In a sense, of course, these numbers are both over-exact (351 is obviously not damnation, nor 349 salvation) and in certain ways superfluous. If you were paying attention last week either to new data (that the ice sheets of Greenland and the Antarctic are melting much more rapidly than expected) or to scary pictures (the giant dust storm that engulfed drought-stricken Sydney), then you already understand at some level that we’re moving quickly out of the stable balance of the last 10 millennia. The photos of record flooding in the Atlanta area seemed particularly powerful to me, because they showed newly built tract homes submerged to the second story. Newly built homes are usually off the floodplain, away from the path of the hundred-year storm — but in this case that didn’t help, because this was bigger than the hundred-year storm. One river rose 11 feet above its previous peak.

Still, the new Nature paper helps enormously. It helps by making clear how interlocked these various phenomena are. Carbon is driving ocean acidification, for instance, just as it’s raising temperature; global warming will accelerate the species extinction that already comes from habitat destruction.

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It helps too by removing the temptation for delay — a temptation that never flags. Only true ideologues or the most oblivious among us thought that we’d never reach the “limits to growth,” but plenty of people convinced themselves they were far enough away that they’d be someone else’s problem. You could hear a bit of that attitude on display at the United Nations last week, as President Obama gave an uninspired speech on climate change, explaining all the reasons that significant progress would be hard (the Congress, the overriding imperative to grow the economy), and admonishing people not to hold out for “the perfect” solution.

But the perfect solution is no longer on offer, as Rockstrom et al make abundantly clear. They’re doing us an enormous service by attempting to isolate the bargaining position of the natural world, a bargaining position that we really might want to respect. If the planet says 350, then it doesn’t matter that the U.S. needs to get out of an economic rut, or that China still has lots of peasants who would like to move to the city. We’re going to have to find non-carbon ways to do those things, because the planet is unlikely to suddenly say, “Oh well, 450 then.” The laws of nature aren’t amendable like the laws of man.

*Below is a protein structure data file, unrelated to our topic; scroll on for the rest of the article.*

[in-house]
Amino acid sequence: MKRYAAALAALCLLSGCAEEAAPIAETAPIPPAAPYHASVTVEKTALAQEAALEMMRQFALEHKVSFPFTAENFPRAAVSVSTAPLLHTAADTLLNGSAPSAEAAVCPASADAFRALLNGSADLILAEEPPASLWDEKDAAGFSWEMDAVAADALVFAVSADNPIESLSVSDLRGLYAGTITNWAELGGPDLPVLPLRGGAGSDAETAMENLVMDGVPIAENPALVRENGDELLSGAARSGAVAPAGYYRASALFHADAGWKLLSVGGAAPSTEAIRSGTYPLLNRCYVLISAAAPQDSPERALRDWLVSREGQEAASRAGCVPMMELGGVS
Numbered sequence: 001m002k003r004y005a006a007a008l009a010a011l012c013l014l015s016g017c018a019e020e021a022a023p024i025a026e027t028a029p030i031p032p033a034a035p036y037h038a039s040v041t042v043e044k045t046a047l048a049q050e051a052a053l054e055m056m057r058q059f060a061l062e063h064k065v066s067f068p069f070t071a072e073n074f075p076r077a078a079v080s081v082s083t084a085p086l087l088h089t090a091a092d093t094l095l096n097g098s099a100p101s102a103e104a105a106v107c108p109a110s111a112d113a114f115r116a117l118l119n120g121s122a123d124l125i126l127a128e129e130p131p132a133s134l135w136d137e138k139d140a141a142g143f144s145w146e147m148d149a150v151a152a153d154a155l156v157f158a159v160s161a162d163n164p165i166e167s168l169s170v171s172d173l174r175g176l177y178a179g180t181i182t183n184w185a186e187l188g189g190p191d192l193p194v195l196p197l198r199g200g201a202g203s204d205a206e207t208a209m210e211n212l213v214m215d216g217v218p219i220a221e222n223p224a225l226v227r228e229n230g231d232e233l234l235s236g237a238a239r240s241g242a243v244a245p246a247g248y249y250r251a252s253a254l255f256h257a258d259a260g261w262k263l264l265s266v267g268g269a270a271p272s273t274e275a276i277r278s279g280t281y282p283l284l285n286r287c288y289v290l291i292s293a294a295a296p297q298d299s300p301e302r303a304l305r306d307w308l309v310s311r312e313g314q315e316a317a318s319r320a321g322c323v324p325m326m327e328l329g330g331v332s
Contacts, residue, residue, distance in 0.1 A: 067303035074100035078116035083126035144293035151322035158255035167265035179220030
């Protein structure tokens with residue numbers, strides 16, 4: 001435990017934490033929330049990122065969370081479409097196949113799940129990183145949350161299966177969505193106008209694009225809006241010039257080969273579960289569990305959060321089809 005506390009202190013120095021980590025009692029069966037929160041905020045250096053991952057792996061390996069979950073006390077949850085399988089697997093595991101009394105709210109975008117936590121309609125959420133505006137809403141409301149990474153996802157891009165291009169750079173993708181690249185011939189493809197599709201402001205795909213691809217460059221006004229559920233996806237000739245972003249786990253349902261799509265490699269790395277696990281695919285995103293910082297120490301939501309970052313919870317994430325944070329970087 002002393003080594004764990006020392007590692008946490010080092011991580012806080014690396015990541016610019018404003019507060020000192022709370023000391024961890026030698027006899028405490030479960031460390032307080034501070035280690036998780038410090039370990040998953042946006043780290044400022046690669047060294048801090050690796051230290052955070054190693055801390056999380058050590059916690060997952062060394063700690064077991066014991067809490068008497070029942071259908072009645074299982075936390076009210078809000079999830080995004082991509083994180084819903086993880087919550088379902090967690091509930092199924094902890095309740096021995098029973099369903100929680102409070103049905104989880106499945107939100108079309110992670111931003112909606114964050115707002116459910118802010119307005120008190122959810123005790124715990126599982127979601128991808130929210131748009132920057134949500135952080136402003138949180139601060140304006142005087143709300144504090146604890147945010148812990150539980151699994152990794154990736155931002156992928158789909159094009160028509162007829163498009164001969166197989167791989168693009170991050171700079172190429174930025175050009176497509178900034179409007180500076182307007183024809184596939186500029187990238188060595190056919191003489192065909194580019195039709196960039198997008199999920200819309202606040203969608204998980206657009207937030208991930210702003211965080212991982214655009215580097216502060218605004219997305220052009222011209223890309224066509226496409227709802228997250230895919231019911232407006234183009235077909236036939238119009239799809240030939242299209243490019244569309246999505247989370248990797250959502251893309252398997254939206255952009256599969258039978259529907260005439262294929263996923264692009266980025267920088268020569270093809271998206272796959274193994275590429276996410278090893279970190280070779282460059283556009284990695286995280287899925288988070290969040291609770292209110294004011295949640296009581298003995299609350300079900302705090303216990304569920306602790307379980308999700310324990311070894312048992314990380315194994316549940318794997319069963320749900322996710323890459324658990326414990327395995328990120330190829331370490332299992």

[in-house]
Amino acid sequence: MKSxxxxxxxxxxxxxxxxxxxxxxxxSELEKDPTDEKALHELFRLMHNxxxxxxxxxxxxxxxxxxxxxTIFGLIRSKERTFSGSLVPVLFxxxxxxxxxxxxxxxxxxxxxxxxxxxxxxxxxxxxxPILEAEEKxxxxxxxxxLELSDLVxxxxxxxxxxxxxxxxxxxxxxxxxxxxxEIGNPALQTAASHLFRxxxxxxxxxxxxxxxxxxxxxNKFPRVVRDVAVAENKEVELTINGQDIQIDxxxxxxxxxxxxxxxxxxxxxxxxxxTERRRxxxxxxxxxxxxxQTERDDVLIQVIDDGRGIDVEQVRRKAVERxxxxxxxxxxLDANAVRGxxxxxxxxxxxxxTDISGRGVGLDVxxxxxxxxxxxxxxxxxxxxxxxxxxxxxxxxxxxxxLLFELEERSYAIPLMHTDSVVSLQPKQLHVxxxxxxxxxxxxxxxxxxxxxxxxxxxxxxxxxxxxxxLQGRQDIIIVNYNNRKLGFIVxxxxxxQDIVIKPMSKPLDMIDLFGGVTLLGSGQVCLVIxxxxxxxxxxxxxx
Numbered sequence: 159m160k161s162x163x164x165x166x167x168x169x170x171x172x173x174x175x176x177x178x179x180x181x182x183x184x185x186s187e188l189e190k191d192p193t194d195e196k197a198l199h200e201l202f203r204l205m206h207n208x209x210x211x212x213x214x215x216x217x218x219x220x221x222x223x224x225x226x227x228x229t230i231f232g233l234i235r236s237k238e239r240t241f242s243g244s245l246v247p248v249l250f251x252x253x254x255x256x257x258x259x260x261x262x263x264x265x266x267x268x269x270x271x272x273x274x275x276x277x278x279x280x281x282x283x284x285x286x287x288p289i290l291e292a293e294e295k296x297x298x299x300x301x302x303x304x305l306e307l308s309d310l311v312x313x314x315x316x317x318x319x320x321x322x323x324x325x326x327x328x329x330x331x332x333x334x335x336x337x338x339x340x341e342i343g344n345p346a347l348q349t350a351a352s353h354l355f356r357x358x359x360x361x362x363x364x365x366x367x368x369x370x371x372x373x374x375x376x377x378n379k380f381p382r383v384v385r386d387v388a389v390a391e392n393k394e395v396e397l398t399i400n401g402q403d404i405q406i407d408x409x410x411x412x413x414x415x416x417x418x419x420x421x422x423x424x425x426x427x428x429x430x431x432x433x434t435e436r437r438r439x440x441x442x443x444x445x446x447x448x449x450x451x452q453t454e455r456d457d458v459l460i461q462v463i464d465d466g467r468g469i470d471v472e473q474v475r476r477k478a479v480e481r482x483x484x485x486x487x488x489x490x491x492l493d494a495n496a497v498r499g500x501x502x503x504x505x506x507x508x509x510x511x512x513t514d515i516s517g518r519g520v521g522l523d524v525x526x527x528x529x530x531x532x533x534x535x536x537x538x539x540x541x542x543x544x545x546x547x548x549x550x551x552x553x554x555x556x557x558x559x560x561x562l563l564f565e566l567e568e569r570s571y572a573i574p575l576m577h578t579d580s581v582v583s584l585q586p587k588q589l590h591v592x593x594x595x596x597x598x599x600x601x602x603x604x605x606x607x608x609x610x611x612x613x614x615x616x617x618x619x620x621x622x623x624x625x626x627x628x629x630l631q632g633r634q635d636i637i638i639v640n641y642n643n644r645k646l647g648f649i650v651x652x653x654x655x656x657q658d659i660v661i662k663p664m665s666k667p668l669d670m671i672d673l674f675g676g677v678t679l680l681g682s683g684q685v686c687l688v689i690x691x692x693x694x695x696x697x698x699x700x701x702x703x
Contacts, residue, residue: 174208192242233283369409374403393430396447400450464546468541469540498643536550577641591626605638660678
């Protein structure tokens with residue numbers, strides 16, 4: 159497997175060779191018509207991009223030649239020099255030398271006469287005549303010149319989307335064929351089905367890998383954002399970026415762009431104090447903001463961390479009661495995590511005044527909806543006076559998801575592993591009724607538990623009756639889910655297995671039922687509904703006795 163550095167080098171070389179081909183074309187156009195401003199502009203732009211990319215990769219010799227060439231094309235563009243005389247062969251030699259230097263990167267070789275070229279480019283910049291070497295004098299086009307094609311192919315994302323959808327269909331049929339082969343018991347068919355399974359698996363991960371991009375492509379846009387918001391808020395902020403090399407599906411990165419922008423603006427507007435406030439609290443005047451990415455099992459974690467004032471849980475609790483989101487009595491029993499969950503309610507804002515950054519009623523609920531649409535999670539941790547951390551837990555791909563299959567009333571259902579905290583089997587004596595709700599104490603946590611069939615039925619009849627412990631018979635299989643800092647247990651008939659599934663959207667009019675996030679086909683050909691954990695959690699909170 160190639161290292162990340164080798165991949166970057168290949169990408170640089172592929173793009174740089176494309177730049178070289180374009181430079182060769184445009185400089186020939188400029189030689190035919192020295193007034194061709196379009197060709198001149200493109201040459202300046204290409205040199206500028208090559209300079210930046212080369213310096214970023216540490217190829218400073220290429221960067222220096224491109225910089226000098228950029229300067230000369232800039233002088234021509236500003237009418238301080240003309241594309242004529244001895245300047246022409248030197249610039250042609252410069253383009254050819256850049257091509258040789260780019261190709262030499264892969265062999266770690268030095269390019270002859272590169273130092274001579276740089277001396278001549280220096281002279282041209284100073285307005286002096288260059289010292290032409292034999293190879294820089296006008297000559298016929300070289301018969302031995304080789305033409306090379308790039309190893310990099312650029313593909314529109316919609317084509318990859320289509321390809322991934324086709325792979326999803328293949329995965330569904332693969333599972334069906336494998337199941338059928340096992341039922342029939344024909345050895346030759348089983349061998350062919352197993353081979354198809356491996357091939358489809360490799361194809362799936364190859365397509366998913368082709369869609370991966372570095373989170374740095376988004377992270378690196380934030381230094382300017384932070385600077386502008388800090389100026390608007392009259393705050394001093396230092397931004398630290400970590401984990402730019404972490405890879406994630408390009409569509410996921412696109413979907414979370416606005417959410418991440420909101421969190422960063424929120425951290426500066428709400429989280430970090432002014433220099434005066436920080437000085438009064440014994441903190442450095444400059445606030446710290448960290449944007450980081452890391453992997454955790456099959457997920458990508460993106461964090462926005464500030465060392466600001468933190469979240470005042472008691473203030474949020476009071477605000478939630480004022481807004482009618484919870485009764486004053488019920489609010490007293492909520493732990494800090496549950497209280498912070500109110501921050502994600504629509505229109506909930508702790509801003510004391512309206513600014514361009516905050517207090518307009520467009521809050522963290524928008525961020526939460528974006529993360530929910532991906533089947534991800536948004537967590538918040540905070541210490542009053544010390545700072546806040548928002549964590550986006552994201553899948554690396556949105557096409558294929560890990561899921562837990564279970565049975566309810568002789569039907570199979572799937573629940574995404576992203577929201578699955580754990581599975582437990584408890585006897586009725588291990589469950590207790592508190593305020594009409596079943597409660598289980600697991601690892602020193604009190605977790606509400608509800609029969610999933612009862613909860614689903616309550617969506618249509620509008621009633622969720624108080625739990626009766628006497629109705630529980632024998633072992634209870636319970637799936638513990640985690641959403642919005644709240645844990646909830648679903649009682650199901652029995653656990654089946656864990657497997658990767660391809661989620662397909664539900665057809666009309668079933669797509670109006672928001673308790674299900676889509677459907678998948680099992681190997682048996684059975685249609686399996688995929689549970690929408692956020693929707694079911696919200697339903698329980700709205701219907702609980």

Respecting these limits, now that we know they’re there, becomes the central human task. Just as the man with the high cholesterol needs to think at every turn about his diet, his exercise, his medicine, so we too have lost the right to casual obliviousness that goes with not knowing. If we choose to ignore the warnings, we’re not some 14-year-old smoking because his friends think it looks cool, or even the pack-a-day lifer with other things on his mind. Now we’re the lung cancer patient trying to sneak cigarettes in the ICU.

Yes, it’s hard to change ways of life, and hard to break addictions, and hard to turn your economic systems and political goals away from the constant expansion that have been their target for more than 200 years. But now we know — with the cold precision offered by numbers — that there’s something that’s harder to imagine, which is going on as we’ve been going.

POSTED ON 01 Oct 2009 IN Climate Climate Forests Policy & Politics Central & South America Europe North America North America 


Bill McKibben has been the clarion voice of the climate movement for 20 years, long before it identified itself as a movement. His current passion is to raise the awareness that science is now telling us that we must reduce atmospheric concentrations below their current levels of 390ppm.

This is the most inconvenient truth of all: not only do we need to massively reduce anthropogenic emissions globally, we also need more and better methods to reabsorb CO2 already in Earth's atmosphere.

A decade ago, I recall sitting in a room of eminent policy voices and being the only one in the room saying that stabilization at 550ppm was too dangerous, and that 450ppm or lower was needed. Of course, science since then shows that I was wrong, and stabilizing at even 450ppm will not "avoid dangerous anthropogenic changes to the climate," as the nations of the world agreed in Rio in 1992.

Now Bill McKibben has popularized the 350ppm mantra around the globe, and the youth-run network 350.org is making this truth understood by millions. Watch for actions around the globe on October 24 to raise this awareness; better yet, join an action, or initiate one at www.350.org.
Posted by Michael Noble, Fresh Energy on 01 Oct 2009

Thanks for this piece. It gets at the fundamental point. I was assigned to read the Limits to Growth and write a paper on it by my ECON 101 teacher at an Ivy League college. I found the argument in the book persuasive, and said so in the paper, and I was rewarded with a lousy grade. Obviously I didn't know the first thing about Macroeconomics or I wouldn't have fallen for the book.